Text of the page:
Walmart and the trucking bosses can try to scapegoat individual drivers for their "bad choices," but the blame for this tragedy belongs squarely with the people who have been chipping away at safety rules, working conditions and wages in trucking--the trucking bosses themselves, and their allies among Washington legislators.
Just days before the Turnpike crash, the U.S. Senate was discussing whether to suspend a less-than-year-old regulation that limited the number of hours a long-haul truck driver could be behind the wheel per week without an extended break. The regulations, adopted in July 2013, decreased the cap from 82 to 70 hours a week.
Now, the Senate Appropriations Committee--with the support of the American Trucking Associations--is proposing an amendment to a larger transportation funding bill to relax the rules that gave drivers with a short workweek. The trucking bosses are also taking issue with a provision that requires drivers who reach the 70-hour weekly limit to take off 34 hours, including a 1 a.m. to 5 a.m. period on two consecutive days.
Actually, the regulations that went into effect in July 2013 were a watered-down version of the original proposal, which called for time off from 12 a.m. to 6 a.m. on two consecutive days. Under the rules approved last year, drivers must also take a 30-minute rest break after eight consecutive hours of driving--that was watered down from the original proposal that stipulated seven hours.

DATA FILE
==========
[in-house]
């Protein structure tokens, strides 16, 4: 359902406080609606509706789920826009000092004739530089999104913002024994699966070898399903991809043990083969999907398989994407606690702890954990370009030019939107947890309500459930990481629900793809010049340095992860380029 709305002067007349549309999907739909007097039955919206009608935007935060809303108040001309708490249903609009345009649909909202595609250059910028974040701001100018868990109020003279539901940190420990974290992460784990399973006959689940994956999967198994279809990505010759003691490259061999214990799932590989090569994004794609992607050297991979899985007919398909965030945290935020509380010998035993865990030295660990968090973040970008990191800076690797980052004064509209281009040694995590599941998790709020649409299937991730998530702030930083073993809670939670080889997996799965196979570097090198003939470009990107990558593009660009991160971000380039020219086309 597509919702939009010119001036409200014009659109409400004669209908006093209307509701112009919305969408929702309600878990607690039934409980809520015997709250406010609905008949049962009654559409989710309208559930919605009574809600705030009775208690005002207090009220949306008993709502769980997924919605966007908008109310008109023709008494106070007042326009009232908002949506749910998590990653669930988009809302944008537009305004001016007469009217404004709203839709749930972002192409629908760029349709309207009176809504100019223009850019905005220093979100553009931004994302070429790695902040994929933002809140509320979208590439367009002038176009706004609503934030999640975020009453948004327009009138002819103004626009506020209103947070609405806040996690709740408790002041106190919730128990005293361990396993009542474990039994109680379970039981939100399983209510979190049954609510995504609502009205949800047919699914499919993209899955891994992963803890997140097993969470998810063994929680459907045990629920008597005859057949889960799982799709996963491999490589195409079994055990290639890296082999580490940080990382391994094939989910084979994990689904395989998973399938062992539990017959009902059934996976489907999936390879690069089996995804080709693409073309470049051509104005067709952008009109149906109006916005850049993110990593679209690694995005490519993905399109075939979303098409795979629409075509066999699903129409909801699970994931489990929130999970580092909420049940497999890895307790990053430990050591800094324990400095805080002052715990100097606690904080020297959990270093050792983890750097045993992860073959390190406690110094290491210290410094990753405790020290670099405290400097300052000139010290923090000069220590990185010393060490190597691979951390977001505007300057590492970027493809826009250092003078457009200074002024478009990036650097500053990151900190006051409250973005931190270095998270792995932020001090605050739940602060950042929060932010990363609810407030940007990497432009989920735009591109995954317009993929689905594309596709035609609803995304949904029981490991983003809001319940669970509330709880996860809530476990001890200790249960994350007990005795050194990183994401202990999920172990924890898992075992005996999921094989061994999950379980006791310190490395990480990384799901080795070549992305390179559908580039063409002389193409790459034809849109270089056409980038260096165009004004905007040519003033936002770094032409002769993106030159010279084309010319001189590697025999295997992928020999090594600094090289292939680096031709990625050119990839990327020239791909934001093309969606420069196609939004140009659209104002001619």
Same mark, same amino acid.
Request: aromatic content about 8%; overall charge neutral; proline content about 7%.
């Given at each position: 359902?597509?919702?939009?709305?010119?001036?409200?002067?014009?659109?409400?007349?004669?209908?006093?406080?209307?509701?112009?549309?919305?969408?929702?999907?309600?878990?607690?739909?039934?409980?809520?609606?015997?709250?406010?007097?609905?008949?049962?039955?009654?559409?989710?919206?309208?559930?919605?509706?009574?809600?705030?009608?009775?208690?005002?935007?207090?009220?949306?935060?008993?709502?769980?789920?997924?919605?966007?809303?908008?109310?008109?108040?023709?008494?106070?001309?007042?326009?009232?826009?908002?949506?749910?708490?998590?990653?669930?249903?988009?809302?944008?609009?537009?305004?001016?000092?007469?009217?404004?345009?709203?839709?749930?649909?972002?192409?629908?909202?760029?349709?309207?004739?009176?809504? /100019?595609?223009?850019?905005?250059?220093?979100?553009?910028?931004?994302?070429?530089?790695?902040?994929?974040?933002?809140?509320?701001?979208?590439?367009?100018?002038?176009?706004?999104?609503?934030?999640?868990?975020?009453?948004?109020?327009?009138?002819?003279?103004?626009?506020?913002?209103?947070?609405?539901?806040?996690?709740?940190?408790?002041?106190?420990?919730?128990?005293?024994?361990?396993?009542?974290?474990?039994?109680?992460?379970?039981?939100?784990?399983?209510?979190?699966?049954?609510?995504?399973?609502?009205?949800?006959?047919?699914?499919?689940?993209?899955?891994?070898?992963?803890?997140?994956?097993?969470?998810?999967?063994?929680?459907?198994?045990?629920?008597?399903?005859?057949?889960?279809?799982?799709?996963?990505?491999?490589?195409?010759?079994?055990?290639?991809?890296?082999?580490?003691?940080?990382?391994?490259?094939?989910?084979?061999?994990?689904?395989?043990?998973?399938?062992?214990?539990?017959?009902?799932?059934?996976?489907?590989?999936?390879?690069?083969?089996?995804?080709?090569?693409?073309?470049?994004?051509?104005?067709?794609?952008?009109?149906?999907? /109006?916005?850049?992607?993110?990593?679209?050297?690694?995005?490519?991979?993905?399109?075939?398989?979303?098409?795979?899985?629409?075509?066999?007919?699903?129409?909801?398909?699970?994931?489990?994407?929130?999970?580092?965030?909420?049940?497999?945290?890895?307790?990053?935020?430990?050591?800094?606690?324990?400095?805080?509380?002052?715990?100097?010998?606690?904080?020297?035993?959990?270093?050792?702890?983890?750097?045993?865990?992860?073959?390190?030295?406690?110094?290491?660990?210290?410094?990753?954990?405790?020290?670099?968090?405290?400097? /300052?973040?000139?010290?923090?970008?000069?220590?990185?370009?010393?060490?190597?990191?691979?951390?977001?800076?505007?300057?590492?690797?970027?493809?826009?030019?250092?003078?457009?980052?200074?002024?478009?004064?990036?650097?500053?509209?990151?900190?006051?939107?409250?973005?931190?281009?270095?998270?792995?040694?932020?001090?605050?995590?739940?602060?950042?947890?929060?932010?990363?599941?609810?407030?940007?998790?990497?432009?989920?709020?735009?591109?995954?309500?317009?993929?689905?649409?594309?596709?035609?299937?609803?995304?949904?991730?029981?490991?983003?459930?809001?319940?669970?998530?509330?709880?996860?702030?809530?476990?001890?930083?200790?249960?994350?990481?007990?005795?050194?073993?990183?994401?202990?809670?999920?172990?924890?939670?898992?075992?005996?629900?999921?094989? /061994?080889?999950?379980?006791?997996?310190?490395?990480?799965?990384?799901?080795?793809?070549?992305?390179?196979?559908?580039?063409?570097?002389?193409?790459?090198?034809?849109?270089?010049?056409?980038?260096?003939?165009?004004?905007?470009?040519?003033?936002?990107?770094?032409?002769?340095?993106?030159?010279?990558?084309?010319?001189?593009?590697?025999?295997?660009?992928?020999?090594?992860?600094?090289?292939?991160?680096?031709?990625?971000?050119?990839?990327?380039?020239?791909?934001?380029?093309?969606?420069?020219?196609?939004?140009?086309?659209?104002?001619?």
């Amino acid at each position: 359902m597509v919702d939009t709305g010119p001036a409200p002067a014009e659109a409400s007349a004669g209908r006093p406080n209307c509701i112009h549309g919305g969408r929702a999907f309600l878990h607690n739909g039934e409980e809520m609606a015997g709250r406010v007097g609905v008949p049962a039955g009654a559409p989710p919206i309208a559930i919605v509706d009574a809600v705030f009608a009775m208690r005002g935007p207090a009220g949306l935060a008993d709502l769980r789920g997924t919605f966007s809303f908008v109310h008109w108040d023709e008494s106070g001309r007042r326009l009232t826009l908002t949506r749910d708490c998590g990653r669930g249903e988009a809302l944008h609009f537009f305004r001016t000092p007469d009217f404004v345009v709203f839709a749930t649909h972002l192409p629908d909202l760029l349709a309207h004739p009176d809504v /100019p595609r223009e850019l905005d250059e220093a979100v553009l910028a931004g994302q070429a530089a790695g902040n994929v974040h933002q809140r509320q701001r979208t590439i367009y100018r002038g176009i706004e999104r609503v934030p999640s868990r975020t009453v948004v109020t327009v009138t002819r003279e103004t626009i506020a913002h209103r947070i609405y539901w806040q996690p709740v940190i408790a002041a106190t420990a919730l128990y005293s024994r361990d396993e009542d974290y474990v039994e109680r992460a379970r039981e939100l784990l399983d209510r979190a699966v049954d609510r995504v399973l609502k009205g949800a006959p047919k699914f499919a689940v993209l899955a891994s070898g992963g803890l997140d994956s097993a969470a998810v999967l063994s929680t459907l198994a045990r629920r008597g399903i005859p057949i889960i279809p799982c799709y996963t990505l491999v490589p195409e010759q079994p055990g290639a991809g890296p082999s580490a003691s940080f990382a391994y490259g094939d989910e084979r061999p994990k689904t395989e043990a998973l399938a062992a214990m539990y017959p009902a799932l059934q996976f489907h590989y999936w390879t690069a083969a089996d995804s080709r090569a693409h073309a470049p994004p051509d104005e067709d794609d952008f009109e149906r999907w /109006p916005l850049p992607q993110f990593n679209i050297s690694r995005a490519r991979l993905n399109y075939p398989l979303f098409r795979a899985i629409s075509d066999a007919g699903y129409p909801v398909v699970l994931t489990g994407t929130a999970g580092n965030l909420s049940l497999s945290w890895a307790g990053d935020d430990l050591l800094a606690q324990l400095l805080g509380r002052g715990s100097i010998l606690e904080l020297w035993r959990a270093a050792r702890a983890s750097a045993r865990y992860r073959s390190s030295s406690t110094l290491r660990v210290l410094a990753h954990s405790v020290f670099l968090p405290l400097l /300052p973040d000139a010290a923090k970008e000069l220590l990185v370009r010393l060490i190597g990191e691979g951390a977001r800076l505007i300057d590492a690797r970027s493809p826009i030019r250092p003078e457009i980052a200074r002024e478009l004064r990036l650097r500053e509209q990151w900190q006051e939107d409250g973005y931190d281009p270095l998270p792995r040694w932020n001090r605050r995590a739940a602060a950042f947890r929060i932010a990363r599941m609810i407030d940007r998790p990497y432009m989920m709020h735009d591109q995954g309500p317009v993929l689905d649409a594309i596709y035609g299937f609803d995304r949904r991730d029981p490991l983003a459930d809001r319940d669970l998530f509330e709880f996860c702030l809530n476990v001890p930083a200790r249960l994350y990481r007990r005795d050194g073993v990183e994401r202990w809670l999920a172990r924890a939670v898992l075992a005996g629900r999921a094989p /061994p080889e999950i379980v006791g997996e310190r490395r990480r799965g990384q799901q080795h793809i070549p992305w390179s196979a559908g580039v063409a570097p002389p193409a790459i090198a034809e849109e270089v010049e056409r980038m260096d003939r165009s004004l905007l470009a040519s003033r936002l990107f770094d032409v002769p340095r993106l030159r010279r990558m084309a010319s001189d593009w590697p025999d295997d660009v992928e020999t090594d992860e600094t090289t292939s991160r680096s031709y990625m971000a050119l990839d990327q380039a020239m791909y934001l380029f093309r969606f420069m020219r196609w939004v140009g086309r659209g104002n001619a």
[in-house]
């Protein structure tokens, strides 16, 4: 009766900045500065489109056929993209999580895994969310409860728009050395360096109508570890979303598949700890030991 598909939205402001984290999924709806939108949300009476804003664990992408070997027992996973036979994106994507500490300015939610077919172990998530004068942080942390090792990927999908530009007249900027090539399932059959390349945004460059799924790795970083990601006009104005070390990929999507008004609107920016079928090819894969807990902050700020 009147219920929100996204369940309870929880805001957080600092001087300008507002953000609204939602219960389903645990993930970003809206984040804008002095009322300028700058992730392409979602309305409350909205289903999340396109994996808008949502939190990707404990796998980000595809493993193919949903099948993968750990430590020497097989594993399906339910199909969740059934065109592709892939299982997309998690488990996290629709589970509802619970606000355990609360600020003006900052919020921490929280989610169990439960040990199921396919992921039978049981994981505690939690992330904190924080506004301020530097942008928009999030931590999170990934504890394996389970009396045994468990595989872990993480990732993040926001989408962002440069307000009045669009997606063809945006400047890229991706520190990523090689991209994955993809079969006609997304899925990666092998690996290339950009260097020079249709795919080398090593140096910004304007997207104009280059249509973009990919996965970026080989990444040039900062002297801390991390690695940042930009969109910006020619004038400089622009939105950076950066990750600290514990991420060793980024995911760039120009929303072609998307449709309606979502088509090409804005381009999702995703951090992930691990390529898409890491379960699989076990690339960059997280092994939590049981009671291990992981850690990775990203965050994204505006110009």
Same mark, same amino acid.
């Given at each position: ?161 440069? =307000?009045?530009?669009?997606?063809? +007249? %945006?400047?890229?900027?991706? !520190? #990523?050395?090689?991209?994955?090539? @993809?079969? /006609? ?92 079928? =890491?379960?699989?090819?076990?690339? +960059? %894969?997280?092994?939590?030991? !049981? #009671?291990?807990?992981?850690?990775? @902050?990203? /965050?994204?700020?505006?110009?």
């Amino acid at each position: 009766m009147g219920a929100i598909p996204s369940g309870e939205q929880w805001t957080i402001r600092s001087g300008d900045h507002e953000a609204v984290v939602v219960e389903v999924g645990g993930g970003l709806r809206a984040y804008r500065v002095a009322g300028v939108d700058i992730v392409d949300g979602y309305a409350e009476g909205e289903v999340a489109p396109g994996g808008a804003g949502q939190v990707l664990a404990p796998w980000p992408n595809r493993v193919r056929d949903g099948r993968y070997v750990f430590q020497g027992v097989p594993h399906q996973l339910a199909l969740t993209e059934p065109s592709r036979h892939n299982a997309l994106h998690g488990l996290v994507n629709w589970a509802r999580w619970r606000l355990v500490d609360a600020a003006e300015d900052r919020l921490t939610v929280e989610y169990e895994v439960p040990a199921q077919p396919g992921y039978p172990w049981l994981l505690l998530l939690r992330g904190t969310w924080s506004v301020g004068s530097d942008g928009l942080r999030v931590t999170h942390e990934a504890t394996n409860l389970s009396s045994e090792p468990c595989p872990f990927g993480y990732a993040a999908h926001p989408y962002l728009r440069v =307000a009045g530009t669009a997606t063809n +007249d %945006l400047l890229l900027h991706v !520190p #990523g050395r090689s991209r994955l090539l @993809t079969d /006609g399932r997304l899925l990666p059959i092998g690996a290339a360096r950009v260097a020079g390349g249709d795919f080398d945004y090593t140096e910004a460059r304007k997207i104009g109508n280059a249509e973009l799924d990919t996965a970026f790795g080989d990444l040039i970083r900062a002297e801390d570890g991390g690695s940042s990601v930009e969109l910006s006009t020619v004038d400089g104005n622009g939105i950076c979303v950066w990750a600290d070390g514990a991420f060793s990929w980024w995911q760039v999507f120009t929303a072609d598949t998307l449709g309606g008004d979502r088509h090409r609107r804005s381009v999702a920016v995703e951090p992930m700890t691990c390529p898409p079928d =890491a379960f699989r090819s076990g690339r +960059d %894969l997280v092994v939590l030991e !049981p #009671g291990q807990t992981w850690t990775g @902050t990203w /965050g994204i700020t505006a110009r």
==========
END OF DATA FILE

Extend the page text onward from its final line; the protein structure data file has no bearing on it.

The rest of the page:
After a five-year decline previously, the rate of fatal truck crashes increased nationwide between 2009 and 2012. In 2012, according to the National Highway Traffic Safety Administration, truck crashes caused 3,912 deaths.
According to the Federal Motor Carrier Safety Administration, if the regulations adopted in 2013 are maintained without the reversal under consideration in the Senate, it would prevent 1,400 truck-involved crashes a year, save 19 lives and stop more than 500 injuries.
But the trucking industry--and politicians like Sen. Susan Collins (R-Maine) who represent them--are more concerned about the bottom line than their drivers endangering themselves and others by working without sufficient sleep.